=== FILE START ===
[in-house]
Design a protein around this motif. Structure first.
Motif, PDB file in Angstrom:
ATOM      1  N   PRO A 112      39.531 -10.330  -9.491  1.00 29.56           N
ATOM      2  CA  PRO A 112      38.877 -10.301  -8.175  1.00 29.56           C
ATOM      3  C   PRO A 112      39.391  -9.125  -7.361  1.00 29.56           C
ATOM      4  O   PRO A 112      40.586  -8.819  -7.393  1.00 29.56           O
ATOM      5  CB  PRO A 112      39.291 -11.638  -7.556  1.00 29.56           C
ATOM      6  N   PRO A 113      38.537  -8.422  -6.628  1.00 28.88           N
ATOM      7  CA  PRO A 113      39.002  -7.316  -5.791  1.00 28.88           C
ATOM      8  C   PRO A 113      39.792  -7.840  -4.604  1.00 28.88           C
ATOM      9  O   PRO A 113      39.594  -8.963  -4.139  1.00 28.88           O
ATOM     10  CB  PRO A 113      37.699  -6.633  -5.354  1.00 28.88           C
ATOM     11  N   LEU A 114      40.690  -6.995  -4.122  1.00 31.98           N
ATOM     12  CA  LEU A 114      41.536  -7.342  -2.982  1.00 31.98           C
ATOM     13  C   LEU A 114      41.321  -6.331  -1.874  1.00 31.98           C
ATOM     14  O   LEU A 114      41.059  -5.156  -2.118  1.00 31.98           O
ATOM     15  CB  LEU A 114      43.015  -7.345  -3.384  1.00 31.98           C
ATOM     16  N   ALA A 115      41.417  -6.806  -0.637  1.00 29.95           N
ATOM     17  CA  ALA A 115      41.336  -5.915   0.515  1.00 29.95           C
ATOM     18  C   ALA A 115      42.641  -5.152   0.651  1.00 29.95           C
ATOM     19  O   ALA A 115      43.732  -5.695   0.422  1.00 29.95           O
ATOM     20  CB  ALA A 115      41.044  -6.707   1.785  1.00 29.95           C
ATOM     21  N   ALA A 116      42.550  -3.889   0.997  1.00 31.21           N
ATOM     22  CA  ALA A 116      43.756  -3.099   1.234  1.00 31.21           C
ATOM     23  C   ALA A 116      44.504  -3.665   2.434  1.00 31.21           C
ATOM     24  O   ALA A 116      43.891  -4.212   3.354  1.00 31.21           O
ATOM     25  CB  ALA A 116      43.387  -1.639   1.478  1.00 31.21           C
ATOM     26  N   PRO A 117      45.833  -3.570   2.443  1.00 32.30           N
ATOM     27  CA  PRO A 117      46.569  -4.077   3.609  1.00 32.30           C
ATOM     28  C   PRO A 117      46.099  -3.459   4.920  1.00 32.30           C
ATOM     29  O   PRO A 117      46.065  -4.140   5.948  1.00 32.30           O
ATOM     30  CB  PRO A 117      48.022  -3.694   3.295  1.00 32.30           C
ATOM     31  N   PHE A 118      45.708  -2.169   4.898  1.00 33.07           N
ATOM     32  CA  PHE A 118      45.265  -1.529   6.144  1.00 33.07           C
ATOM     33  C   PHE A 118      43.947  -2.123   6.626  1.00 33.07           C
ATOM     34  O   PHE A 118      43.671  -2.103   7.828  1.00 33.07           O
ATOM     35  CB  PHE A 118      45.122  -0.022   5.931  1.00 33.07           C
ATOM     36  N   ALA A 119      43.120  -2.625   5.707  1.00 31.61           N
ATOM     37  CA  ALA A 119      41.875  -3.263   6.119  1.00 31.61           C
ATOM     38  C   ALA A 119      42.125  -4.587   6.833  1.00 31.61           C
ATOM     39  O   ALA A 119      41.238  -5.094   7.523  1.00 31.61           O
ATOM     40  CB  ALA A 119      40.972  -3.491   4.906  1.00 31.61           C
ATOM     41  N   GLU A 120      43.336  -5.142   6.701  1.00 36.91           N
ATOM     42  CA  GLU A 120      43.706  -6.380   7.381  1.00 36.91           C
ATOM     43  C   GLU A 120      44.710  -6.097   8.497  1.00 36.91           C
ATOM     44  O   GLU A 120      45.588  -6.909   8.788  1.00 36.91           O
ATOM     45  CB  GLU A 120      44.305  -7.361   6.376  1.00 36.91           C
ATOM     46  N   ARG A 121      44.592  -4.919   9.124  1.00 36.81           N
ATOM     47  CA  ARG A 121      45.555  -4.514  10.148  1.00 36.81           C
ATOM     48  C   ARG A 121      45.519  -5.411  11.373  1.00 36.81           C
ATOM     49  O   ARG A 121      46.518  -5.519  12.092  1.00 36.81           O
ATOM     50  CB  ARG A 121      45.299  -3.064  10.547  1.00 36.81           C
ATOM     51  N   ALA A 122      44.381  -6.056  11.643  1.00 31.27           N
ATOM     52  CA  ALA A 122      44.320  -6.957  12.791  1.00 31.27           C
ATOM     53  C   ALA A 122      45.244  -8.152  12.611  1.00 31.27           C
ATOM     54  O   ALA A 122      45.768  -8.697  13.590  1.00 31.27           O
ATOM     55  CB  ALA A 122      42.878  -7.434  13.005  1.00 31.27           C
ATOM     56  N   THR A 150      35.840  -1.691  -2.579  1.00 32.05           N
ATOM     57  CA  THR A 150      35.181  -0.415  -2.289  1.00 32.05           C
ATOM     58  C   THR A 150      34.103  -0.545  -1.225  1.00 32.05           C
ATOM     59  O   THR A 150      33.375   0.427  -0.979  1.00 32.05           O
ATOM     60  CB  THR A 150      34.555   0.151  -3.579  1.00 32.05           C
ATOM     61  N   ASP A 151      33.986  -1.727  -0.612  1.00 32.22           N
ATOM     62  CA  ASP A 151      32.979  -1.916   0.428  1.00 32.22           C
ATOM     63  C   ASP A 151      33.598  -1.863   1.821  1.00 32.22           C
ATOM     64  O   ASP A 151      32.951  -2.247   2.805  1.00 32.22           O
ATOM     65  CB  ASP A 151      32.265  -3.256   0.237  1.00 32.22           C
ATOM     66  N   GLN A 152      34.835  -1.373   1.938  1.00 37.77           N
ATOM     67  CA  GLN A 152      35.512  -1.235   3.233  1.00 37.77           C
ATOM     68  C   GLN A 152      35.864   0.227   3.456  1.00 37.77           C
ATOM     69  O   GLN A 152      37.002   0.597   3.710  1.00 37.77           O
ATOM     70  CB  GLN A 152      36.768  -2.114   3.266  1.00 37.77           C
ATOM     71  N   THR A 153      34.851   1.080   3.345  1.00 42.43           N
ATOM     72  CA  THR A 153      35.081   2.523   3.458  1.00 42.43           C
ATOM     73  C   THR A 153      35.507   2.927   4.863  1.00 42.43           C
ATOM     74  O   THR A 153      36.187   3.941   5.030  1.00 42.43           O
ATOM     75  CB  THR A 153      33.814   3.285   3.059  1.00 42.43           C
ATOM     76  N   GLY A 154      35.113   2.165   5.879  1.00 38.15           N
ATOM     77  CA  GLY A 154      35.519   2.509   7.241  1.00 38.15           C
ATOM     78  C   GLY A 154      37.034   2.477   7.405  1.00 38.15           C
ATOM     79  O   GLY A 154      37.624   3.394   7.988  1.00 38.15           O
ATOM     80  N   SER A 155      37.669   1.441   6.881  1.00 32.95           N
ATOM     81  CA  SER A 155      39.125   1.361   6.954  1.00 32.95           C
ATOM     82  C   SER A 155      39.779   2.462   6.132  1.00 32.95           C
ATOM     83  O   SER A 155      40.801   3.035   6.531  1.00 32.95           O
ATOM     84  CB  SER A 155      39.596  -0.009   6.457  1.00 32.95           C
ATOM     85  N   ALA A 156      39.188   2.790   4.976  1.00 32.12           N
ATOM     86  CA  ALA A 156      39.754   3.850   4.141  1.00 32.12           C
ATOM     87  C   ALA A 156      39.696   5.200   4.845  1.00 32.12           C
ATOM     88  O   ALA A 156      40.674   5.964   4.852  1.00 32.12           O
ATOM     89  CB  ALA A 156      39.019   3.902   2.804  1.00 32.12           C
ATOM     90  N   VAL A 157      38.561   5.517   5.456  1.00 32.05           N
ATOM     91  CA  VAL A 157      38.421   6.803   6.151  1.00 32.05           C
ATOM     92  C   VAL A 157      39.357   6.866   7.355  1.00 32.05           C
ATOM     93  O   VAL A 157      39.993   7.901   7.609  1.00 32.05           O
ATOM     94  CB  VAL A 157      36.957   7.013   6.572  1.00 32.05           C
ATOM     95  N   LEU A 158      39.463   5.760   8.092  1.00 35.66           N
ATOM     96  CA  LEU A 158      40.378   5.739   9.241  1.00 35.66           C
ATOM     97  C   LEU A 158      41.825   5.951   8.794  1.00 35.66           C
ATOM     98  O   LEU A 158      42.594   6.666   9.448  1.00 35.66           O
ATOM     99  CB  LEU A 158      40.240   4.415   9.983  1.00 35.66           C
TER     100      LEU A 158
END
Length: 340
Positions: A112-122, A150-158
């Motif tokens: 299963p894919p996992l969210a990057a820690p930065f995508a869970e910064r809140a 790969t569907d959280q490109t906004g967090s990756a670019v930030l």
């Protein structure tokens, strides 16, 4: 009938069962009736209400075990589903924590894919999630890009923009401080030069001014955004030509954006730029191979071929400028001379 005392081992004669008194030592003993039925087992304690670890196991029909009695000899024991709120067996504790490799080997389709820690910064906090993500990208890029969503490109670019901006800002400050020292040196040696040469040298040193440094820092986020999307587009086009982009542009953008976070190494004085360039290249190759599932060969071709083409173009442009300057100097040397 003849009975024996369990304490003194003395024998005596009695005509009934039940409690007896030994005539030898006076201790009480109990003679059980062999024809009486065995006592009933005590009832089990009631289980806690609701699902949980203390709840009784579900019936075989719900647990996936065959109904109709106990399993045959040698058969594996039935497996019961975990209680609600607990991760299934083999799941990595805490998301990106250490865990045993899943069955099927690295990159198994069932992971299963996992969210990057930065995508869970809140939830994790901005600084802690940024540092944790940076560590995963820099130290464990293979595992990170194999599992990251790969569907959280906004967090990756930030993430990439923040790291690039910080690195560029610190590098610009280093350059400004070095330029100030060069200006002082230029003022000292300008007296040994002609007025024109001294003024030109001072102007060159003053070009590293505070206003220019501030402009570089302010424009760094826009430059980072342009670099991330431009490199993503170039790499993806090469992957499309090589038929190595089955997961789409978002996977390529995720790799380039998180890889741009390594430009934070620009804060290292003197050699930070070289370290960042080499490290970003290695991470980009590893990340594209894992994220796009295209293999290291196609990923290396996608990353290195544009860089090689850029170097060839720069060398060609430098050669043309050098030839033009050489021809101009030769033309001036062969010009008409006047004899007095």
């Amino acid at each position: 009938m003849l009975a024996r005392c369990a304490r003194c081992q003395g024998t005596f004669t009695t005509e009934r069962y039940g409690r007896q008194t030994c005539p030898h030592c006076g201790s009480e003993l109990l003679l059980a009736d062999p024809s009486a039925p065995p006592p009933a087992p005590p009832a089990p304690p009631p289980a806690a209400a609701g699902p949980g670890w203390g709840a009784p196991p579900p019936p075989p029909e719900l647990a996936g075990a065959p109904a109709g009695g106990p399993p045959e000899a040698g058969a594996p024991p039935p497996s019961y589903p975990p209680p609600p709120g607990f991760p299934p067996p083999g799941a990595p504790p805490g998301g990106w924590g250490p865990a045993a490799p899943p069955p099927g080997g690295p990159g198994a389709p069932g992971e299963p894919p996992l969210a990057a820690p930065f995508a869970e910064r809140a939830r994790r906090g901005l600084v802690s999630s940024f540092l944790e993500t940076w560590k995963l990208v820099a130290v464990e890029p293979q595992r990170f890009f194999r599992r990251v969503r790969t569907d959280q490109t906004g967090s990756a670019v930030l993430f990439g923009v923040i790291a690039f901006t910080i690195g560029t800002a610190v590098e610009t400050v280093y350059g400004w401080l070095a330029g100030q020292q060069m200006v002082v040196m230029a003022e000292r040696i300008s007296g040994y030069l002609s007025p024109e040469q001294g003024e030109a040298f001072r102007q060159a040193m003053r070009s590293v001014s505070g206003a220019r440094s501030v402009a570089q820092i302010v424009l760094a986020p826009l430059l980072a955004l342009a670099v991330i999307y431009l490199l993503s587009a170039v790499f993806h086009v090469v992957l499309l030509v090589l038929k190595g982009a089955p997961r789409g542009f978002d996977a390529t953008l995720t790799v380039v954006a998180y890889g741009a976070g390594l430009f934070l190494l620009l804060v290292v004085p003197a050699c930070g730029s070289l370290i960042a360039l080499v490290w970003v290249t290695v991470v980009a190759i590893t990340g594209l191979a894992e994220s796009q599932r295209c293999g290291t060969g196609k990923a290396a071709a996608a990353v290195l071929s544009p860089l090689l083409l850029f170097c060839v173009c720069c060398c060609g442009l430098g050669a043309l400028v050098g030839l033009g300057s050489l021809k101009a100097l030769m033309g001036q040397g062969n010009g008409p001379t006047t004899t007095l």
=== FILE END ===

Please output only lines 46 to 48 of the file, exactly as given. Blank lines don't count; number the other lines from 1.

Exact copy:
ATOM     43  C   GLU A 120      44.710  -6.097   8.497  1.00 36.91           C
ATOM     44  O   GLU A 120      45.588  -6.909   8.788  1.00 36.91           O
ATOM     45  CB  GLU A 120      44.305  -7.361   6.376  1.00 36.91           C